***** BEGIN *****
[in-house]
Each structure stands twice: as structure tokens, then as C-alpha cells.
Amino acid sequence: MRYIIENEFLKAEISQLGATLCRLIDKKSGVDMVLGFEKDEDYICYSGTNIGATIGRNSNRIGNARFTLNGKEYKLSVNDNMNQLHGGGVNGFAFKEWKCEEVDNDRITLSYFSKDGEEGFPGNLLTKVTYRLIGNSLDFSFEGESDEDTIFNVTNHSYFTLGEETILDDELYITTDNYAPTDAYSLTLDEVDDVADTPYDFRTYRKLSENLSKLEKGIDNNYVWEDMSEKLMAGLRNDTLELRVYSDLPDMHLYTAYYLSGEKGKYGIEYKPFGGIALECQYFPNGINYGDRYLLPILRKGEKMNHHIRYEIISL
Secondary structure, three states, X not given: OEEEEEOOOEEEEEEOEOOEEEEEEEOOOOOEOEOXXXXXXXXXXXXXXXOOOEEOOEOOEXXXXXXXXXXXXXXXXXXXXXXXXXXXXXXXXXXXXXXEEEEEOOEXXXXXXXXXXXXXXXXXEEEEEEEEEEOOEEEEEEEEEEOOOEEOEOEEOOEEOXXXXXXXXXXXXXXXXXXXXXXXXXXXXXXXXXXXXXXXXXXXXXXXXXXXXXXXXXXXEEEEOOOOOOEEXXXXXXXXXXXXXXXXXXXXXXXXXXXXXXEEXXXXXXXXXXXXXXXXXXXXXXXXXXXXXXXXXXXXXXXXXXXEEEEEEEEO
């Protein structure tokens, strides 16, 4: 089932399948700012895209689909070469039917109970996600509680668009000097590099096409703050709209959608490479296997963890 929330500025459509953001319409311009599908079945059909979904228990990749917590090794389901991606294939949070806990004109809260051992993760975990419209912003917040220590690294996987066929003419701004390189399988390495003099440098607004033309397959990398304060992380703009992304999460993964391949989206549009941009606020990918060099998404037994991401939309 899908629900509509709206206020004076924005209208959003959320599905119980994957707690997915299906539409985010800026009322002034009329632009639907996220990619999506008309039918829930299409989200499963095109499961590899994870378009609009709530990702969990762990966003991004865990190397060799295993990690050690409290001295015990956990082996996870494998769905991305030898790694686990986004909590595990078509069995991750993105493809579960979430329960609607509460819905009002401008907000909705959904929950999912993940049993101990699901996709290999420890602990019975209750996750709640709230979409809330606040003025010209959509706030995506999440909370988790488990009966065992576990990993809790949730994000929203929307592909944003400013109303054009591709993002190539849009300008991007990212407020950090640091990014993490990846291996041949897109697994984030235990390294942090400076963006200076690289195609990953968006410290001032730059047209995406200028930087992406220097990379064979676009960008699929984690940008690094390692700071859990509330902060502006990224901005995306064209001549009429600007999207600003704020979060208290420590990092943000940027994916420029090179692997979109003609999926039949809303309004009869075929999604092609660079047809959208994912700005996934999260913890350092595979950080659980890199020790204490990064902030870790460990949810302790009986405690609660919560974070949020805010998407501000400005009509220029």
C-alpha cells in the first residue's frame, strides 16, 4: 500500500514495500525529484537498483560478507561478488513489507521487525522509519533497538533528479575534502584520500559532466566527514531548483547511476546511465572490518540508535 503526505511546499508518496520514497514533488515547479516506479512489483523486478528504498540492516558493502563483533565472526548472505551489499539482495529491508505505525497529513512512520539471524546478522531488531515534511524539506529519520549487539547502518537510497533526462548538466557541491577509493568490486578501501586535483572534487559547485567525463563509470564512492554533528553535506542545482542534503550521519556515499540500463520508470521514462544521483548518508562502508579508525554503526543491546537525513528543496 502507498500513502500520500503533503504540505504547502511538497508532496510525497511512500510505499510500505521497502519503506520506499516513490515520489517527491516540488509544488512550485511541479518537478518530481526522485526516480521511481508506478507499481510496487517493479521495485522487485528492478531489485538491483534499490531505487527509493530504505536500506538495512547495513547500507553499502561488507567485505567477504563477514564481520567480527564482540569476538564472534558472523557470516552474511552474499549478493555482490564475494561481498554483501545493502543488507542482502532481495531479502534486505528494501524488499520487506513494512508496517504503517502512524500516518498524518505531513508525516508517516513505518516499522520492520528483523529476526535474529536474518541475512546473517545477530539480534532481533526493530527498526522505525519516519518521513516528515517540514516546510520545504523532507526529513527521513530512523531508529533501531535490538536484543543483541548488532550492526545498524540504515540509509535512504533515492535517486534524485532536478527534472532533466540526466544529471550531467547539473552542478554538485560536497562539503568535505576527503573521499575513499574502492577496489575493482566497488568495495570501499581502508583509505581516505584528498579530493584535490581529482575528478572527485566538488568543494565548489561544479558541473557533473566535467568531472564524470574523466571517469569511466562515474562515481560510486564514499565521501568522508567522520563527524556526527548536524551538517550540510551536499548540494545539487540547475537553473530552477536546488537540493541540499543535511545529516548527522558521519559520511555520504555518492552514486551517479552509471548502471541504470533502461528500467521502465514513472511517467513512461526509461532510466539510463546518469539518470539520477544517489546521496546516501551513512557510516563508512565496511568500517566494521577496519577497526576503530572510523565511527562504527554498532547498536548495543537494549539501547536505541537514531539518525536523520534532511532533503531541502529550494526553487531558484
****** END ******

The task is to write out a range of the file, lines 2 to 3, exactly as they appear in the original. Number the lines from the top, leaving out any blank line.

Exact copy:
Each structure stands twice: as structure tokens, then as C-alpha cells.
Amino acid sequence: MRYIIENEFLKAEISQLGATLCRLIDKKSGVDMVLGFEKDEDYICYSGTNIGATIGRNSNRIGNARFTLNGKEYKLSVNDNMNQLHGGGVNGFAFKEWKCEEVDNDRITLSYFSKDGEEGFPGNLLTKVTYRLIGNSLDFSFEGESDEDTIFNVTNHSYFTLGEETILDDELYITTDNYAPTDAYSLTLDEVDDVADTPYDFRTYRKLSENLSKLEKGIDNNYVWEDMSEKLMAGLRNDTLELRVYSDLPDMHLYTAYYLSGEKGKYGIEYKPFGGIALECQYFPNGINYGDRYLLPILRKGEKMNHHIRYEIISL